In late 2017, people from ProVeg approached us because they heard we were doing some interesting outreach events, and a few months later we were invited to ProVeg’s 50 by 40 summit where we were encouraged to take this to a whole new level. I expressed my wishes to build an organization around our mission and to go full-time, and I received a lot of networking and monetary support. Our biggest milestone was when we received funding from The Effective Altruism Fund, which is when I decided to go full time. Then we built and established a company, and we organized two online vegan challenge campaigns city wide. We began to focus more on restaurant outreach.
What is the difference between Vegans Of Shanghai and Plant Based Consulting?
Vegans of Shanghai is a non-profit platform of Plant Based Consulting—the parent company we established. It is a networking platform for anyone interested in learning about plant-based living. For invoices, we use the name Plant Based Consulting, but for all branding purposes and communications, we use the name Vegans of Shanghai because that’s the name we are known by.
What type of activities do you do?
The core activity of the group is organizing monthly community events. We organize public outreach events like meet-ups, documentary screenings, talks and sessions on nutrition, and cooking-related activities where we demonstrate how to prep and cook meals, raise awareness about different products, and tell people where to buy them. Our other primary work—which is the non-public or corporate outreach—is the restaurant outreach project.
Are you the only employee working full time? Do you have partners?
Apart from me, my business partner and co-founder Chaniece Brackeen is also full time. She has a social media management background which she has used to lead projects including building and boosting social media profiles from scratch. She has also worked for cryptocurrency companies and has been vegan since she was sixteen years old. Apart from Vegans of Shanghai, she runs her own intersectional advocacy group called AfroVeg, which caters to people of African Descent who are interested in food consciousness.
We also have Tomas, a software engineer who deals with the financial aspects, and we have Hanna who works for us part-time. Hanna works full-time for Mondelez International, the parent company of Oreos Cookies, as a Project Manager. She is the primary sales facilitator and writes a lot of Mandarin content. There are not many modern vegans that we know of who are outside our follower network, so she is a good representative of a modern Chinese vegan who has no religious or spiritual ties and has decided to be vegan for the ethics, health, and environmental reasons. Hanna is also the VoS community leader, which means she is the default host of all our offline activities.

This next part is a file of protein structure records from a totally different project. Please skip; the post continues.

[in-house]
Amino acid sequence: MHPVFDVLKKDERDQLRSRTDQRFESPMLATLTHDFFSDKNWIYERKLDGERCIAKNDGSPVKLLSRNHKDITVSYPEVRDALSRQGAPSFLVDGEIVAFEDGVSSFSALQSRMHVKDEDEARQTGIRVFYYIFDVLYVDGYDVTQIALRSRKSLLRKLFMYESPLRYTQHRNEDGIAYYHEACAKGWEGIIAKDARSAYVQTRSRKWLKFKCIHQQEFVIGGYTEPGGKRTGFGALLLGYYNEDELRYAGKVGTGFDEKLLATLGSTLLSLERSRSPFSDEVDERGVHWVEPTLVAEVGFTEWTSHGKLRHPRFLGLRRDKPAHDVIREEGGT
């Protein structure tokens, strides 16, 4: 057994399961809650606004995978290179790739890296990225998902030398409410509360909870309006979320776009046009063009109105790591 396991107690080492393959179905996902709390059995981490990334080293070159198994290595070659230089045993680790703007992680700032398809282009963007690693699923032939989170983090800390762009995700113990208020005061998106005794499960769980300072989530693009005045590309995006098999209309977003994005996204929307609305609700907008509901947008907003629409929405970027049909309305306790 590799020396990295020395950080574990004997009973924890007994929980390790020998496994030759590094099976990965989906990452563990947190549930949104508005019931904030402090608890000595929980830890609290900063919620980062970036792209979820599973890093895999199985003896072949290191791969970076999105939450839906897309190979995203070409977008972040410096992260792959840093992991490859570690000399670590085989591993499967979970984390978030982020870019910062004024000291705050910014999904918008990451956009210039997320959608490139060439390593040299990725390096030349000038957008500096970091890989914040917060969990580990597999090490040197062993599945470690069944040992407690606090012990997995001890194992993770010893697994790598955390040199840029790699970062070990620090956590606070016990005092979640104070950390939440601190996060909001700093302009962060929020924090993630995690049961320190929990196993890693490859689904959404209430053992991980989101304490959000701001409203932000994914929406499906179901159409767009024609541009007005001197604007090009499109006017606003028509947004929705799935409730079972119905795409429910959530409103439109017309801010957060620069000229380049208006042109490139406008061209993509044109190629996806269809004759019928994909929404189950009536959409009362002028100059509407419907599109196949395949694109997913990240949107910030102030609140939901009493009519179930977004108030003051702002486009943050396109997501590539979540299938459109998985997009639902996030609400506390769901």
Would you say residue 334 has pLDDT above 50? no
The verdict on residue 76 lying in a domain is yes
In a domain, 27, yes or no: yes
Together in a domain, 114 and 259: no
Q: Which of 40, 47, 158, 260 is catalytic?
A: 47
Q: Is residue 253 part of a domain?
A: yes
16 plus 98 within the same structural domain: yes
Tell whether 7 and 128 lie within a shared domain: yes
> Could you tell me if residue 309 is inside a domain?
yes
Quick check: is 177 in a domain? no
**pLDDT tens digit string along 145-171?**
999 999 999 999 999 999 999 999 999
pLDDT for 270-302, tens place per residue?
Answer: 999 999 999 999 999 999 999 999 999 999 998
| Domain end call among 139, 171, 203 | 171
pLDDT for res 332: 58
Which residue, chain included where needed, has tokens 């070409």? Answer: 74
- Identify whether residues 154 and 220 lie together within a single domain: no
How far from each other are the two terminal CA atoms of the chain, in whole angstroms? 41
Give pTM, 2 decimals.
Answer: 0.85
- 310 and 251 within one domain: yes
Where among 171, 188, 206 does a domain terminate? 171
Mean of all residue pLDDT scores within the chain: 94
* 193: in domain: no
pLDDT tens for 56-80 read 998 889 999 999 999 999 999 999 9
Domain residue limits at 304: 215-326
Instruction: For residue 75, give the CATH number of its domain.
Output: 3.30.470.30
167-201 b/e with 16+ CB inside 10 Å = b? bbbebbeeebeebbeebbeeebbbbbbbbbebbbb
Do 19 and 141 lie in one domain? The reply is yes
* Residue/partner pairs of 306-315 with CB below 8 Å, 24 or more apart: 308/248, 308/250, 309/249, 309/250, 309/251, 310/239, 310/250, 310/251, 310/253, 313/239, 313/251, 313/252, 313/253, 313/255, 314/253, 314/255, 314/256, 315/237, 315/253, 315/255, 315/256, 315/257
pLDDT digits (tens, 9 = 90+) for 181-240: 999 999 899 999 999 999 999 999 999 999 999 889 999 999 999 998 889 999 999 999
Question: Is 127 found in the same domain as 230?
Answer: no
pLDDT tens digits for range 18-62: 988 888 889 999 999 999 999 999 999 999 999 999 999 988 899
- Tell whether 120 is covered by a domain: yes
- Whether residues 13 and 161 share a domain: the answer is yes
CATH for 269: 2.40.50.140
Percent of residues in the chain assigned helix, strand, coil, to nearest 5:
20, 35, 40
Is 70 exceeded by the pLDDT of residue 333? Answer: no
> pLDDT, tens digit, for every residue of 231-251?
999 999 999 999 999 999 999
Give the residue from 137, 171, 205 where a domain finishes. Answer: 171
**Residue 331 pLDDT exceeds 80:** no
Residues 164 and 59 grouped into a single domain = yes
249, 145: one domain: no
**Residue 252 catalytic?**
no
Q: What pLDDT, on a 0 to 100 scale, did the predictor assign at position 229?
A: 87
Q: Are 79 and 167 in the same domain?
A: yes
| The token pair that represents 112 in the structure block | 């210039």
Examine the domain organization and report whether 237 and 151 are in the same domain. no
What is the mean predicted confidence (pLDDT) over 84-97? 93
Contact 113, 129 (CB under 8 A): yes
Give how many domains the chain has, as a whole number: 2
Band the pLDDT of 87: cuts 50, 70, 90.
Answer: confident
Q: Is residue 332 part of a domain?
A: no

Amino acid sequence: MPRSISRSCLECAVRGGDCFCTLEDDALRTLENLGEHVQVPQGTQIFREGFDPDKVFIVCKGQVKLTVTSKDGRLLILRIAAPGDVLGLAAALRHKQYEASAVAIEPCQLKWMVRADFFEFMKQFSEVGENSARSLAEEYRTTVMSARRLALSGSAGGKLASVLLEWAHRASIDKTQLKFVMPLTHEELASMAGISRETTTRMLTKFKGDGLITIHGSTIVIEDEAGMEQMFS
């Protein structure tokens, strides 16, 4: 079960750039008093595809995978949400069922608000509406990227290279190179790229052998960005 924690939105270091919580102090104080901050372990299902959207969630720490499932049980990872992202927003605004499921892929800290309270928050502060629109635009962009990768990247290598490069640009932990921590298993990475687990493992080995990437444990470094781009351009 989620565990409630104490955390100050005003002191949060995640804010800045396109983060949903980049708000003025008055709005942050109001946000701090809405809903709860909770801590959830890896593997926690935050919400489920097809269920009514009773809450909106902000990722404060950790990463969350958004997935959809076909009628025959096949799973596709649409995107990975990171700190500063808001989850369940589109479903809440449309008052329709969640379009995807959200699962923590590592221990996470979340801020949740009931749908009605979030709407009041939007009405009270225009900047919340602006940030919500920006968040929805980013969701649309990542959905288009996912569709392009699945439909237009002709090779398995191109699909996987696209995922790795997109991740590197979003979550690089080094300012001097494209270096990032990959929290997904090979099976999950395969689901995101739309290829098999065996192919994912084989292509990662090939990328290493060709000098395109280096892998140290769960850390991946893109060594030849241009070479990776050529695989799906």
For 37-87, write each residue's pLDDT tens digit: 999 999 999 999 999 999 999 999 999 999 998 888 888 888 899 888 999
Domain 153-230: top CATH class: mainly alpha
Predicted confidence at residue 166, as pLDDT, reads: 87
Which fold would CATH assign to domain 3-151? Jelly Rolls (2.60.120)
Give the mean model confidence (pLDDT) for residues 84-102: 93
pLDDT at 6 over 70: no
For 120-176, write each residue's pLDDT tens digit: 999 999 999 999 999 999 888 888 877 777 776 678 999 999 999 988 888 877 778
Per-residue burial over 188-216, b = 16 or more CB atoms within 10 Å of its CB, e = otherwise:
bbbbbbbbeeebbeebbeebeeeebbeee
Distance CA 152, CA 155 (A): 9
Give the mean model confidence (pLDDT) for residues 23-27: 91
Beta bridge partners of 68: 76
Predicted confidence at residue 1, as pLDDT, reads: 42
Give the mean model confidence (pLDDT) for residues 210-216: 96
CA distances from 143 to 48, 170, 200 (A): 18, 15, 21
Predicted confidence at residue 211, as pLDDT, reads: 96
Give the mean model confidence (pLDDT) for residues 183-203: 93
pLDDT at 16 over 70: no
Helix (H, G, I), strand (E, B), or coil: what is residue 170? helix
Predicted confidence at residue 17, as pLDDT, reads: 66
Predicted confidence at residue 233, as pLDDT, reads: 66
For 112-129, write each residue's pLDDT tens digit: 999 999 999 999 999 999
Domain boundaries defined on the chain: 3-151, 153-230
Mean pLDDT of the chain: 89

We also have several volunteers who help us. We operate in a typical grassroots fashion.
Can you tell me more about the “corporate side” of your work?
On the corporate side or the commercial side, we make money through the advertisement revenue from ad spaces at the end of our WeChat articles. We sell these ad spaces to people who want to sell plant-based products. In our three-and-a-half years of existence, we have never paid for advertising and marketing.
We also plan to start charging for consulting. We consult international companies looking to establish their office, factory, or brand in China. We also consult importers who are looking to improve their portfolio, as well as people who want to establish their brand outside Mainland China. We have received multiple inquiries from meat- and dairy-importing companies that have started importing vegan products.